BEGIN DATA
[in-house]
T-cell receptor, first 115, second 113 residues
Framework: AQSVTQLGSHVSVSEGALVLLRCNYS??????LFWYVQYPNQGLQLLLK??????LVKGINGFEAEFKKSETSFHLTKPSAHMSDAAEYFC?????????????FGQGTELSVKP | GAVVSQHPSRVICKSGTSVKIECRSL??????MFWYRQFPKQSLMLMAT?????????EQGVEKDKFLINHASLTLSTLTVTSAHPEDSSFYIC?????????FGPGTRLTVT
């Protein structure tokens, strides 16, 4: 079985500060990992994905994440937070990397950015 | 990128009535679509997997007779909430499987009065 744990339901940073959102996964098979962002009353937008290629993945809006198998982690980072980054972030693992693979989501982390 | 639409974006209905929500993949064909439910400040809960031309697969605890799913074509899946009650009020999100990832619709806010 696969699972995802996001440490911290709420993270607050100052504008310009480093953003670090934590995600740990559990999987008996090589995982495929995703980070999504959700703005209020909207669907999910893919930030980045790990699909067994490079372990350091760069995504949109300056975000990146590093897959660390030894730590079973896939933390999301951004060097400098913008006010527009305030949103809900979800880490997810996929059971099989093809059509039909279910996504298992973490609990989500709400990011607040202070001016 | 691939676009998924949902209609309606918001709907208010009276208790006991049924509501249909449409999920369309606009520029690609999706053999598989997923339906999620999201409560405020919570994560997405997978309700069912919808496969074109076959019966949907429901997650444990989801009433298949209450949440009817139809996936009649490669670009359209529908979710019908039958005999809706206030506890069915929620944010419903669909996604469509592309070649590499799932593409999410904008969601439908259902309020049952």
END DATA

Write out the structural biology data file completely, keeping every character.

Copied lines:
[in-house]
T-cell receptor, first 115, second 113 residues
Framework: AQSVTQLGSHVSVSEGALVLLRCNYS??????LFWYVQYPNQGLQLLLK??????LVKGINGFEAEFKKSETSFHLTKPSAHMSDAAEYFC?????????????FGQGTELSVKP | GAVVSQHPSRVICKSGTSVKIECRSL??????MFWYRQFPKQSLMLMAT?????????EQGVEKDKFLINHASLTLSTLTVTSAHPEDSSFYIC?????????FGPGTRLTVT
């Protein structure tokens, strides 16, 4: 079985500060990992994905994440937070990397950015 | 990128009535679509997997007779909430499987009065 744990339901940073959102996964098979962002009353937008290629993945809006198998982690980072980054972030693992693979989501982390 | 639409974006209905929500993949064909439910400040809960031309697969605890799913074509899946009650009020999100990832619709806010 696969699972995802996001440490911290709420993270607050100052504008310009480093953003670090934590995600740990559990999987008996090589995982495929995703980070999504959700703005209020909207669907999910893919930030980045790990699909067994490079372990350091760069995504949109300056975000990146590093897959660390030894730590079973896939933390999301951004060097400098913008006010527009305030949103809900979800880490997810996929059971099989093809059509039909279910996504298992973490609990989500709400990011607040202070001016 | 691939676009998924949902209609309606918001709907208010009276208790006991049924509501249909449409999920369309606009520029690609999706053999598989997923339906999620999201409560405020919570994560997405997978309700069912919808496969074109076959019966949907429901997650444990989801009433298949209450949440009817139809996936009649490669670009359209529908979710019908039958005999809706206030506890069915929620944010419903669909996604469509592309070649590499799932593409999410904008969601439908259902309020049952």